Furthermore, the DMZ usually has a separate network ID from the enterprise’s internal network, nonetheless; you can also create a DMZ within the same network ID of your internal network, via Virtual LAN (VLAN) tagging. This is a method of partitioning traffic that shares a common switch, by creating VLANs as described in IEEE standard 802.1q. This specification creates a standard way of tagging Ethernet frames with information about VLAN membership. Furthermore, by segmenting the DMZ into various sub-networks enterprises can effectively prevent further data breaches in case of any contingencies.

Nullify Threats via VLAN Segmentation

Network segmentation through VLANs help enterprises establish a group of isolated networks within their data center. If properly put together, VLAN segmentation can meticulously negate any sort of threats to the perimeter network. Moreover, access is strictly limited to the authorized users who only “see” the servers and other devices necessary for executing daily tasks.

Protocol separation is another advantage of VLAN segmentation where IT administrators can limit certain protocols to certain segments of the enterprise. Also, use of VLANs ensures secure as well as flexible user mobility. For example, a user assigned to a specific VLAN will always connect to that VLAN regardless of location.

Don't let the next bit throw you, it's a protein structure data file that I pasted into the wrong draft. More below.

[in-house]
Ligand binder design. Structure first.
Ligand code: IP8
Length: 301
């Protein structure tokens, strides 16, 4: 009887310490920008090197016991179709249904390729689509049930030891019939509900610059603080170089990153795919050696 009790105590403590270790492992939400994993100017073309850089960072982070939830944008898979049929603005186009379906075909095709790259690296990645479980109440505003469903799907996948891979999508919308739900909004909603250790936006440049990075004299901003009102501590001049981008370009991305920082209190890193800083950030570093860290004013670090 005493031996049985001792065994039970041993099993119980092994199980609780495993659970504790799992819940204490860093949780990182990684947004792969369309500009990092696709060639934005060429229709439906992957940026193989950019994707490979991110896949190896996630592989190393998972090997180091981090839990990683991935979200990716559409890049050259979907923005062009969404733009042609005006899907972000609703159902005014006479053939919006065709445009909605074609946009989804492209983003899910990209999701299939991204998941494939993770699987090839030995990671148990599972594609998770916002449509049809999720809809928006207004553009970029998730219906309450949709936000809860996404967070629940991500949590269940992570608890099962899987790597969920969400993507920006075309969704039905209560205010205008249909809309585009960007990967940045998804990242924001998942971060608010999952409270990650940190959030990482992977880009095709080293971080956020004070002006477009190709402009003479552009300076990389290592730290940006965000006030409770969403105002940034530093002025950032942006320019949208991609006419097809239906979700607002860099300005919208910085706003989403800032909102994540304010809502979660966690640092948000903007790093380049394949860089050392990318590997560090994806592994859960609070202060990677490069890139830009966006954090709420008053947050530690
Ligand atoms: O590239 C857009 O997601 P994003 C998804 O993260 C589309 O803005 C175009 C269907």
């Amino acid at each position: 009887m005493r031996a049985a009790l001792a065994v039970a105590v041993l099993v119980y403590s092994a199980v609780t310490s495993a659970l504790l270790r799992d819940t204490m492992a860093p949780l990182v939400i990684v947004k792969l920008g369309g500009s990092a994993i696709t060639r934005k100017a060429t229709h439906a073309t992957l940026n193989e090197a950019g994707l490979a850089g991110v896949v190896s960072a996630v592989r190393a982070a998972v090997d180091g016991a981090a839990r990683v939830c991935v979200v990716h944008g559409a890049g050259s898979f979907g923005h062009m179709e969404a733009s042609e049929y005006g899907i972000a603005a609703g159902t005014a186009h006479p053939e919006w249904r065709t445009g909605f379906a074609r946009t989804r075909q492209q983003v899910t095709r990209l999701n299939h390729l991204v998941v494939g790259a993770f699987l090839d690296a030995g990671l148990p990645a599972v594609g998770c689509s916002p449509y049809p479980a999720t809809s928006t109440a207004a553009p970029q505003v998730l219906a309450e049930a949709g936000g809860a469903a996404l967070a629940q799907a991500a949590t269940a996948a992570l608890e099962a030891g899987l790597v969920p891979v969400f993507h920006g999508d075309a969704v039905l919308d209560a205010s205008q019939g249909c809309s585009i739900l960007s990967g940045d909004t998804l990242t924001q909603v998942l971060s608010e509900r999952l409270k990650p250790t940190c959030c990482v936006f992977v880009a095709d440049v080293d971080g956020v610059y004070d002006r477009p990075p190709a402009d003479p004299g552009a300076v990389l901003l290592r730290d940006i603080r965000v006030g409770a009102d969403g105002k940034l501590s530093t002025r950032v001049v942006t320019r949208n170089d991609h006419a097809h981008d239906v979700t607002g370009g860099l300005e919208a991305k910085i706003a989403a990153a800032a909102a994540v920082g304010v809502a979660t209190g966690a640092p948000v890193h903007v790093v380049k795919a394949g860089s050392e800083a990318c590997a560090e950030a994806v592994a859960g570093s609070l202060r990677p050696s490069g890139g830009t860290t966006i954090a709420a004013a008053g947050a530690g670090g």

Additionally, dynamic VLAN assignment strengthens perimeter network defense by verifying a user’s group membership through a RADIUS authentication server and a user directory. Dynamic assignment is a critical requirement in building manageable networks. Static definition of security tends to cause long-term maintenance problems and impedes mobility of end users. By tying security to authentication information, retrieved at the point of network access, secure networks can support quickly changing and moving user populations with minimum staffing costs.

Implement End-to-end Data Encryption

Securing enterprise networks remain a challenging issue for many organizations due to the sensitivity of data carried by the networks. Moreover, deploying wireless network solutions without proper security measures can be a risky affair. The obvious solution for securing an enterprise network is to fortify it with strong encryption.

It is not necessary that an enterprise’s enemy will always be an outsider. Enterprises can have enemies within their ranks too. Encryption can prevent the loss of sensitive data through accidental or intentional disclosure. It can prevent attacks from outside your network as well as from within. Recent trends indicate that enterprises are moving towards an end-to-end data encryption model, which eliminates any potential threat for exposure.

To put things into perspective, Tsion Gonen, Chief Strategy Officer, SafeNet, commented, “Recent research findings reveal some interesting contradictions between the perception and the reality of data security. What’s worrying is that so many organizations are still putting all of their eggs in one basket when it comes to data security. Perimeter security technologies are just one layer of protection, but too many companies rely on them as the foundation of their data security strategy when, in reality, the perimeter no longer exists.”